Let’s meet Philip!
Hi, my name is Philip Benford and I am the North Central market manager with Wonolo. I oversee the operations in Michigan, Ohio, Indiana, Missouri, and in my home state of Illinois. With Wonolo, I’m entrusted with ensuring our customers are having the best experience possible while providing optimum service. I’m a married father of four children, and my family is my world. I graduated from Tuskegee University in 2009. I started as an engineering major. My transition to sales and marketing is due to my passion for conversation and debate. I come from a traditional middle-class family, and after college, I moved back to my hometown in hopes to give back to the community that raised me. I believe that if you don’t learn something new every day, you wasted a day that you’ll never get back.
What events in your life have brought you to your current role today?
What brought me to my current role today is my eagerness to problem solve and help people. During my career, I continuously felt like the determining factor to work was money and not the greater good. I decided to continue my education and earned a master’s degree in project management. I’m currently pursuing an MBA with concentration in human resources. I feel that in order to help people, I need to understand how to manage and inspire.
Wonolo found me and expressed their desire to change the lives of people who are trying to provide for their families. I was once one of those people trying to find a way to provide. I was working multiple jobs and I was hoping to make ends meet. Hearing about the vision of Wonolo, I knew that this was an opportunity that could truly make a change for the greater good. Not only in my life but also in the lives of others.
When you have to make a difficult decision, what do you lean on?
When making a difficult decision, I usually rely on my religious beliefs, logic, and data. I truly feel that if you treat others how you want to be treated, more often than not, you’ll receive the same in return. Most of my successes have come through respect and common sense. Even in difficult situations, if you attempt to find a common ground and remove emotionalism to do what is right, you’ll have peace of mind with the outcome. I think that some people believe that you always have to win, but the win is both people getting something out of it. Sometimes I live by a phrase, “Men lie, my women lie. Numbers don’t lie.” Utilize the data, utilize your logic, and utilize your ethics.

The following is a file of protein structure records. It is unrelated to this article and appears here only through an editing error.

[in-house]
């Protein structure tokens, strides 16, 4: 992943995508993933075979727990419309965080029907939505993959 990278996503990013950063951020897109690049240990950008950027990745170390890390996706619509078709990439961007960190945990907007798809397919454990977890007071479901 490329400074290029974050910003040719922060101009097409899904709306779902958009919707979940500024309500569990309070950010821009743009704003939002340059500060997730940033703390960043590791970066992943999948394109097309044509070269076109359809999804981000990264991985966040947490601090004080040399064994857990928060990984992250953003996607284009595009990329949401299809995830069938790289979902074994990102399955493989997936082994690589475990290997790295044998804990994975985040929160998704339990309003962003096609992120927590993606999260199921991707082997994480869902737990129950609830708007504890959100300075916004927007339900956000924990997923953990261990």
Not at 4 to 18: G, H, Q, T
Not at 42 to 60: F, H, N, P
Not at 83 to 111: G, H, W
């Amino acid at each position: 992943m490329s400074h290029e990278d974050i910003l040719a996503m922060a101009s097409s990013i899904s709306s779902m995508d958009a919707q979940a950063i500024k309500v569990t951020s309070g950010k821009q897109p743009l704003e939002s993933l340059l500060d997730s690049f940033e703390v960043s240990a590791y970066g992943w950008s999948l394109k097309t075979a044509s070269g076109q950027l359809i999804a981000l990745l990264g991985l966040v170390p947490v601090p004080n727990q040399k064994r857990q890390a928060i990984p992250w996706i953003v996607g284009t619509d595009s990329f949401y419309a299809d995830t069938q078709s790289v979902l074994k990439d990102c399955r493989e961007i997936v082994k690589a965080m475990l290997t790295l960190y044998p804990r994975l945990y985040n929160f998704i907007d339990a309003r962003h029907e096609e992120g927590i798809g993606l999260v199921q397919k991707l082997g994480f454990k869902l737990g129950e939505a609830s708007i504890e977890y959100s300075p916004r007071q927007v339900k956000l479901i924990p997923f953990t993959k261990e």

What is one piece of life advice you can give to anyone?
If I can give advice to anyone, I would tell them to try. You don’t fail until you stop trying. Every time that you attempt to complete something that doesn’t happen, you learn something new. That’s honestly the true essence of the word try. The continuance to learn is going to be the best thing that you can do. I think that whether we feel the experience is good or bad, something was learned in the process. If we continue to learn from our experiences, we will always grow as people. Never be closed-minded. Don’t allow people to tell you that you can’t do something, and attempt and be okay with not getting your desired outcome. As you continue to fail, you will continue to learn. Whatever you’re attempting to do, you’re going to be that much better at it. And eventually, you will have that breakthrough.
If you really knew me, you would know that…
If you really knew me, you would know that I’m really self-conscious. Like most decisions that I make, I run the scenario over my head tens of hundreds of times, and I even have dreams about what would happen based on that decision. Knowing often that there is not an opportunity to rectify mistakes and trying to be the best that I can be, I sometimes find myself stressed out until the results come. Growing up in my household, I was always taught that you have to be the best, and you have to be better than the next person. To deal with that stress essentially, my family is the kryptonite. My family makes me laugh and feel loved. They lighten the load. Oftentimes, my two-year-old daughter usually holds my cheeks and says, Daddy, I love you. And those moments take the stress away and they fill the tank to keep going.